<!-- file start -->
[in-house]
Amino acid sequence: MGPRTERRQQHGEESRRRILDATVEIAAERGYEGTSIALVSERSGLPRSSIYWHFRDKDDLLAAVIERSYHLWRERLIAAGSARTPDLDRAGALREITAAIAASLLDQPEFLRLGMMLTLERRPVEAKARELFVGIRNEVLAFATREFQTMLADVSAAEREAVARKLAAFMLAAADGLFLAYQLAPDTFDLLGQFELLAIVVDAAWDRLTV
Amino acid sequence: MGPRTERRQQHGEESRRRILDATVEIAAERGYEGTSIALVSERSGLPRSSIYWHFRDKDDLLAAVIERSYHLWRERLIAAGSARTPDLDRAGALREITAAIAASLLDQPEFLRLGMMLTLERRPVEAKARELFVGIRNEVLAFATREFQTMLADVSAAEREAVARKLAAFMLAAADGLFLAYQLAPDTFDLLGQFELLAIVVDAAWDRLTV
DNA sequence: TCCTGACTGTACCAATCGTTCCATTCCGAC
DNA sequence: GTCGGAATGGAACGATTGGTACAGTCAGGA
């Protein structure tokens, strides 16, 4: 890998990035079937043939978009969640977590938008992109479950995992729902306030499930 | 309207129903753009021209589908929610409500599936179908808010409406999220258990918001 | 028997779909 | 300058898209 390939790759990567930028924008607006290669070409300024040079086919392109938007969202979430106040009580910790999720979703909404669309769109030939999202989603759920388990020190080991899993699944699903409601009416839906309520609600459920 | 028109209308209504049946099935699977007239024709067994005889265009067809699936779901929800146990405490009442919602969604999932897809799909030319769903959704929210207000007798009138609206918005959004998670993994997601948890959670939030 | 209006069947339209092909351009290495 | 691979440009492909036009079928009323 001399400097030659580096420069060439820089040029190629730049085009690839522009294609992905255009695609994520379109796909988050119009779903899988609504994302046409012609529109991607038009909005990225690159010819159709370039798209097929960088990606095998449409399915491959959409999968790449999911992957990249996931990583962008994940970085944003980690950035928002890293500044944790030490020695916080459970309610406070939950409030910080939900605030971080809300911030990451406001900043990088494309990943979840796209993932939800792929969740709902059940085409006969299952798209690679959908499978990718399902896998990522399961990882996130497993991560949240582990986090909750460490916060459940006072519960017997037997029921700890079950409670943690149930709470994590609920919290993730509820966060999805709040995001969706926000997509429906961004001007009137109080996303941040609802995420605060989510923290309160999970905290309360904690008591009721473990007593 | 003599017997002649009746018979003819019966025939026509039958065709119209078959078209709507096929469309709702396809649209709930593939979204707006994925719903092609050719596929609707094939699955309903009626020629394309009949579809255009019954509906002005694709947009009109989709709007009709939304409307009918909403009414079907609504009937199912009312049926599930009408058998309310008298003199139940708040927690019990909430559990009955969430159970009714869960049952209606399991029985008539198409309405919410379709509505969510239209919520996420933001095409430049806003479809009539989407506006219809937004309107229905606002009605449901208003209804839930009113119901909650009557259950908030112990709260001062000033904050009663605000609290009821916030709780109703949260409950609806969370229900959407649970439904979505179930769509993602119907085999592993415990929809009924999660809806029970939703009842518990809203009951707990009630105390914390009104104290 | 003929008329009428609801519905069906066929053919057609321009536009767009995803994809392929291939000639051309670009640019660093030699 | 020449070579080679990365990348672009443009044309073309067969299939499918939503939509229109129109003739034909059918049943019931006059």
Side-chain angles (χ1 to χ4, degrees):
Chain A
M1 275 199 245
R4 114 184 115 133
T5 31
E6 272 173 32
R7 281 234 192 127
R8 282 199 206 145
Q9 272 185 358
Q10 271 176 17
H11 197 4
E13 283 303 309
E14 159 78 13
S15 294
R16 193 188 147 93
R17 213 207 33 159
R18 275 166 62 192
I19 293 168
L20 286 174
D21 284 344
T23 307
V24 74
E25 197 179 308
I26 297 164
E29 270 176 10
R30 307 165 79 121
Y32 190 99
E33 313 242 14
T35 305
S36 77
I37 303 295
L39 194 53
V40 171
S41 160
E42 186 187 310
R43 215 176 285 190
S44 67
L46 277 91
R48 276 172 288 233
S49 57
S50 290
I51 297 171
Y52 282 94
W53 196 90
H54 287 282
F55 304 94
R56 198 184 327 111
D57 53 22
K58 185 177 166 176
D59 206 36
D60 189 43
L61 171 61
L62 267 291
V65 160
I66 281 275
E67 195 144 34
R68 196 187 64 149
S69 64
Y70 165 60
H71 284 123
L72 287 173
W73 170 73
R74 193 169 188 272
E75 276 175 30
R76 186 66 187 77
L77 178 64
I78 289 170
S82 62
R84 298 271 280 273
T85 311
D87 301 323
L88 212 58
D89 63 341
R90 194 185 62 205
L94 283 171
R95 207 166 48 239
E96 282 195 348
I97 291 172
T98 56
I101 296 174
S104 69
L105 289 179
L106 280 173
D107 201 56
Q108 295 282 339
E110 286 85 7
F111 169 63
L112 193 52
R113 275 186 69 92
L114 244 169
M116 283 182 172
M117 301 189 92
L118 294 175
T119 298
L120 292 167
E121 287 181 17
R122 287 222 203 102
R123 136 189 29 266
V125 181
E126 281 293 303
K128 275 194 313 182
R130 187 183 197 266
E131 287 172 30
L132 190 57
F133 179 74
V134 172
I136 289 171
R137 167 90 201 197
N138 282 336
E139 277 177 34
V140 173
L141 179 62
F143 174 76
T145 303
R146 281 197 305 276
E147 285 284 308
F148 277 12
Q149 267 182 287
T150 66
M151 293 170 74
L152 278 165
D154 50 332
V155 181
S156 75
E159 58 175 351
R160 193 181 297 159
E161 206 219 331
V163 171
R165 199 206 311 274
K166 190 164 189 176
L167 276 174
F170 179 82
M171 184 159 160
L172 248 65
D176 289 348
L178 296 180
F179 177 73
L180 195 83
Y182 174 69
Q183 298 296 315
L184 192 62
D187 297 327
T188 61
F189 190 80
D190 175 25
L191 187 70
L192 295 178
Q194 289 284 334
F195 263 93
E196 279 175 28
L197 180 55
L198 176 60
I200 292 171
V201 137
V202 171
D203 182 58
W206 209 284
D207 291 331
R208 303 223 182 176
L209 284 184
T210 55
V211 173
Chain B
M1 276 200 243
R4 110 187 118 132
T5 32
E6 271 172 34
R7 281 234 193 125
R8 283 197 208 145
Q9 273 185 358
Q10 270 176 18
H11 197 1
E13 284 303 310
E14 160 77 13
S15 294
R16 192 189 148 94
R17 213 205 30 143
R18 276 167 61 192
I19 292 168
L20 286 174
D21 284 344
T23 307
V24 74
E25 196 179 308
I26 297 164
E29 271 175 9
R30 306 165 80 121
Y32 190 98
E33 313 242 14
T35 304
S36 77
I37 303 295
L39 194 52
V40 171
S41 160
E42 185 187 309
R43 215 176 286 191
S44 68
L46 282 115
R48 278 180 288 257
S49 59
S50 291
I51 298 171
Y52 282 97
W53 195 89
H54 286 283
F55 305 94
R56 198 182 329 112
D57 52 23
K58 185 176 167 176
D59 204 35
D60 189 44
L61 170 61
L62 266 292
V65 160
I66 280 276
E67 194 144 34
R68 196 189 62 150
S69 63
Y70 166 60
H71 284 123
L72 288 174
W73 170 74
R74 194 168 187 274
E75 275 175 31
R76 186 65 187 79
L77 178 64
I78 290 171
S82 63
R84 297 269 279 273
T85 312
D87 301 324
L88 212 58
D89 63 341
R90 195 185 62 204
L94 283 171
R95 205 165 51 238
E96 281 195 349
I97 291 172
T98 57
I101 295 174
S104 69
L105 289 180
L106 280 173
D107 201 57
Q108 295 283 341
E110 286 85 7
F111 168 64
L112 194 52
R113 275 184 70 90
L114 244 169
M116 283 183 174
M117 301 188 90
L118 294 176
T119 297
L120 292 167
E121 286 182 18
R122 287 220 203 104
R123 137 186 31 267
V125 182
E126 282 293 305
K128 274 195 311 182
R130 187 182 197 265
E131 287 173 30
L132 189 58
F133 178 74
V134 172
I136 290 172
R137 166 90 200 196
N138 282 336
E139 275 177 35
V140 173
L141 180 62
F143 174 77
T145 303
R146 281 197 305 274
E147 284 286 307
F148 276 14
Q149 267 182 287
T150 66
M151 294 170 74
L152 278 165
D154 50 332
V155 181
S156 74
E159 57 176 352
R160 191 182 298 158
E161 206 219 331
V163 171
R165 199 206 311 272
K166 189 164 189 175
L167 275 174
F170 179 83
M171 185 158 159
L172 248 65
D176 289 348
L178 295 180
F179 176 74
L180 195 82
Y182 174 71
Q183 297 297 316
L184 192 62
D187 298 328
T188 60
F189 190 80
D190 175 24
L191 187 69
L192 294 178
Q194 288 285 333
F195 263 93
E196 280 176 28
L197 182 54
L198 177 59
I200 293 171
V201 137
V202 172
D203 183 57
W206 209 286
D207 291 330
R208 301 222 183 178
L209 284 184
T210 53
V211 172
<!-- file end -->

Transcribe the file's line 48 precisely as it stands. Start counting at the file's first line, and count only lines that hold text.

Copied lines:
I51 297 171